Agnes comes scurrying back into the room moments later to climb back into her chair beside him, scattering her crayons messily across the table and opening her book to a page with a cartoon owl. She sets to work bringing him to life, giving him pink and purple feathers and a green beak, while Red returns to his project.

And for quite a few minutes there’s only the scrape of wood and the scratch of Agnes’s crayons.

(She is adorably dedicated to her arts and crafts.)

But it isn’t long before Red hears Agnes go quiet and still next to him, and he can feel her curious gaze. He waits patiently.

“Wed?” he hears finally.

“Yes, honey?”

“What are you do-wing?”

Red smiles to himself.

“Well, I’m making a present for your mommy.”

“Oh,” she murmurs, and Red knows she’s not finished. After a moment, she speaks again.


Red suppresses a chuckle.

“Because she’s sad and she needs cheering up.”

“Oh,” she mutters again, and Red can practically hear the wheels turning in her cute little head.

“Can I make Mommy a pwes-ent too?”

Red’s eyebrows raise at that, and he turns to look at her innocent face.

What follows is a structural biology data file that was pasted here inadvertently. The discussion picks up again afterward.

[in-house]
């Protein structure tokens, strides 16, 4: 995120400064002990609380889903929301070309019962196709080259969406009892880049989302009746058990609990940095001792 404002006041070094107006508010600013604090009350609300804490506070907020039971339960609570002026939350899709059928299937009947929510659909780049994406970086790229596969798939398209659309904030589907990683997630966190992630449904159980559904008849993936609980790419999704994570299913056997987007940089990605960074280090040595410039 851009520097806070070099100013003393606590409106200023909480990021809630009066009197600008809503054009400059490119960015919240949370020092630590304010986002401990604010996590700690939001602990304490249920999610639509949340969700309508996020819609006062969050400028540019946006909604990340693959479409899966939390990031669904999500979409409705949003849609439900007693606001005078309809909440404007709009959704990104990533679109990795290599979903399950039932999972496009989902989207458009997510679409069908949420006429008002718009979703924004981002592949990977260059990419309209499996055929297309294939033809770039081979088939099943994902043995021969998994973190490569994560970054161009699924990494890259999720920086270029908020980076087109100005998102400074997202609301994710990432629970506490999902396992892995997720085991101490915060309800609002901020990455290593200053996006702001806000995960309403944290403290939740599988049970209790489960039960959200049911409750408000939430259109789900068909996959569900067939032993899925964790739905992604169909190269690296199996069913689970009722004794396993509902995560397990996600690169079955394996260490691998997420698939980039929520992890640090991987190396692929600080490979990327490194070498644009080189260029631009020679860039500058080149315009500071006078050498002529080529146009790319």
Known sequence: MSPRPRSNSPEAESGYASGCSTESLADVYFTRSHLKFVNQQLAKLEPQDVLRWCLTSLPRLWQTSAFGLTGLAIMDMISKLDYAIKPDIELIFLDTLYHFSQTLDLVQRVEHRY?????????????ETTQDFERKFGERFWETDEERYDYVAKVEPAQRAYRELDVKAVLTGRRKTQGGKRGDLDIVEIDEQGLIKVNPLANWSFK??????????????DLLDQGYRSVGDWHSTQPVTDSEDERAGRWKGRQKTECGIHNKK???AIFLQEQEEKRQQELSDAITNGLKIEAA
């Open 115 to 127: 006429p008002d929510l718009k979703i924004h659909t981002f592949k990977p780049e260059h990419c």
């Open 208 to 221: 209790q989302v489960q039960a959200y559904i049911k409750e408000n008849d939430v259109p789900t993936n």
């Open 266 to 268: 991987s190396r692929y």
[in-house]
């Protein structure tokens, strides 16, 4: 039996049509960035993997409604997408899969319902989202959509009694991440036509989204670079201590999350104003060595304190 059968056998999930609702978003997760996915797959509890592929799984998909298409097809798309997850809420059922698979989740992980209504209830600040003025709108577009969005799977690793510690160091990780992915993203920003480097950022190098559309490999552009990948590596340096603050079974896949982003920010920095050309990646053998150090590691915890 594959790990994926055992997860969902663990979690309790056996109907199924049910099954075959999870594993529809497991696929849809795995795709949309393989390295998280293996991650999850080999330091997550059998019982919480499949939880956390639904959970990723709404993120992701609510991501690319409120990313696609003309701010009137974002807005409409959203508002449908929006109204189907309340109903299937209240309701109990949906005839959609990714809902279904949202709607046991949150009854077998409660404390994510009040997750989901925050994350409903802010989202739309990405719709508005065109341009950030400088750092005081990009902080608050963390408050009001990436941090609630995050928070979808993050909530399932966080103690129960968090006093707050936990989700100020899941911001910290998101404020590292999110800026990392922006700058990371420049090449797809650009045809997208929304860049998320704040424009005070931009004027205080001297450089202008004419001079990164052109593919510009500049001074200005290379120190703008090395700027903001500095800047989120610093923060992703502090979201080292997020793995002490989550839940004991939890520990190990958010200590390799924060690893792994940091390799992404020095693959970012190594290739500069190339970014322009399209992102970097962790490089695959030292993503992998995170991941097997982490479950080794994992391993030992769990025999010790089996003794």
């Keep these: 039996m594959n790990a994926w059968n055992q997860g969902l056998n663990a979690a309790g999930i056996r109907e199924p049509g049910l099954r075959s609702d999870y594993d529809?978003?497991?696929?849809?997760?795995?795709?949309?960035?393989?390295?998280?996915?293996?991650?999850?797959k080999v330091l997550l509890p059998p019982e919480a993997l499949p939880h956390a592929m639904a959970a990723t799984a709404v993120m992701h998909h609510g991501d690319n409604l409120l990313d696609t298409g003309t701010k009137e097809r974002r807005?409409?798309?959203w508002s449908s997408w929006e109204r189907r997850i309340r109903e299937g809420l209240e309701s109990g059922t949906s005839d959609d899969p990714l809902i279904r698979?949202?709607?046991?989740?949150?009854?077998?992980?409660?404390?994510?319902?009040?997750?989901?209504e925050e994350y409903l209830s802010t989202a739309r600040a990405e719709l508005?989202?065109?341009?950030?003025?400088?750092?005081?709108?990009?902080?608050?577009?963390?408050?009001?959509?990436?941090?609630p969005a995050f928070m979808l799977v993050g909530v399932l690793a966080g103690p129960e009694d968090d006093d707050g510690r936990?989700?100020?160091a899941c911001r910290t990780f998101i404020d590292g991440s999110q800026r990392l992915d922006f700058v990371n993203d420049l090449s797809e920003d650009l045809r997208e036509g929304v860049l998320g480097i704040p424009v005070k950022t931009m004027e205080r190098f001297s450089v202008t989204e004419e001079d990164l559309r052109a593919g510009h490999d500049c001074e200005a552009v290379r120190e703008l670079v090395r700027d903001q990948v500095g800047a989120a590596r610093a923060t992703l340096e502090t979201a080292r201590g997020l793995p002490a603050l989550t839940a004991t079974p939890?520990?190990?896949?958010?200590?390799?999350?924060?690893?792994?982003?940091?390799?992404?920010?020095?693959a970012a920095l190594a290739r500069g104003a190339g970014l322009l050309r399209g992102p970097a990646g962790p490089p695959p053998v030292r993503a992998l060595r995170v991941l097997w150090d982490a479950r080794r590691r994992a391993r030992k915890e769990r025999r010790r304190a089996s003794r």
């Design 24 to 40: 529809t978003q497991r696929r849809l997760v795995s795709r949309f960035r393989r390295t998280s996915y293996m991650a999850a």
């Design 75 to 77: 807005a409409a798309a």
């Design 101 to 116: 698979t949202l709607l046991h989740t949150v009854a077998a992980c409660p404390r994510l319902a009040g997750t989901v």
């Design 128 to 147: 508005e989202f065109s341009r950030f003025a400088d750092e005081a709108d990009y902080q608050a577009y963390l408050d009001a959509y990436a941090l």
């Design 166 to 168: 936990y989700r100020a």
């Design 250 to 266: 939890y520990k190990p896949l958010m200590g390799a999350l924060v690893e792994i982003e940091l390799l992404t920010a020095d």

(Rather like her mother, Agnes has a habit of surprising him.)

“That’s very thoughtful of you, Agnes. I think your mother would like that very much.”

Agnes’s smile lights up her face, and Red is filled with a surge of love for her and her pure heart.

“What would you like to make Mommy?” he asks her.

“Like yours!” she cries immediately, and Red is taken rather off guard.

(He is floored every day by how much Agnes looks up to him, how she follows and copies, and he never thought he’d be lucky enough to have another little girl to be a daddy to.)

“Well, you can’t do one exactly like mine, but how about I get you some wood and you paint a pretty picture on it for Mommy?”

“Okay!” she chirps, agreeable as always.

So, Red fetches another few blocks of wood like the one he’s working on and then dutifully follows Agnes as she skips to her playroom to retrieve her paints.

They end up back in the kitchen, seated with their new respective crafts and Agnes - with the addition of one of his oversized aprons to protect her pretty clothes - painting enthusiastically. They sit for most of the morning, Agnes chattering to Red and Red telling Agnes stories, while he scrapes away and she paints adorable stick figures and a sun with a smiley face, until Dembe leans into the kitchen.

“Elizabeth is awake.”

And so they begin again.

It’s the next day after breakfast when Red’s present is finally done, and Agnes has carefully painted the last few orange and blue flowers on hers. Once Lizzie is awake, they go in to see her.

“Mommy, Wed and I made you pwes-ents!” Agnes announces, running to her bedside.

“You did?” Lizzie exclaims. “That’s so sweet of you, baby, thank you!”

Red picks Agnes up and plops her on Lizzie’s bed, watching as Lizzie coos over Agnes’s gift, listening as she explains every color and shape painted on the small block of wood.

(If there’s one thing that Lizzie has the energy for right now, it is always Agnes, reaffirming the one fact Red has always known to be true:

Lizzie is a wonderful mother.)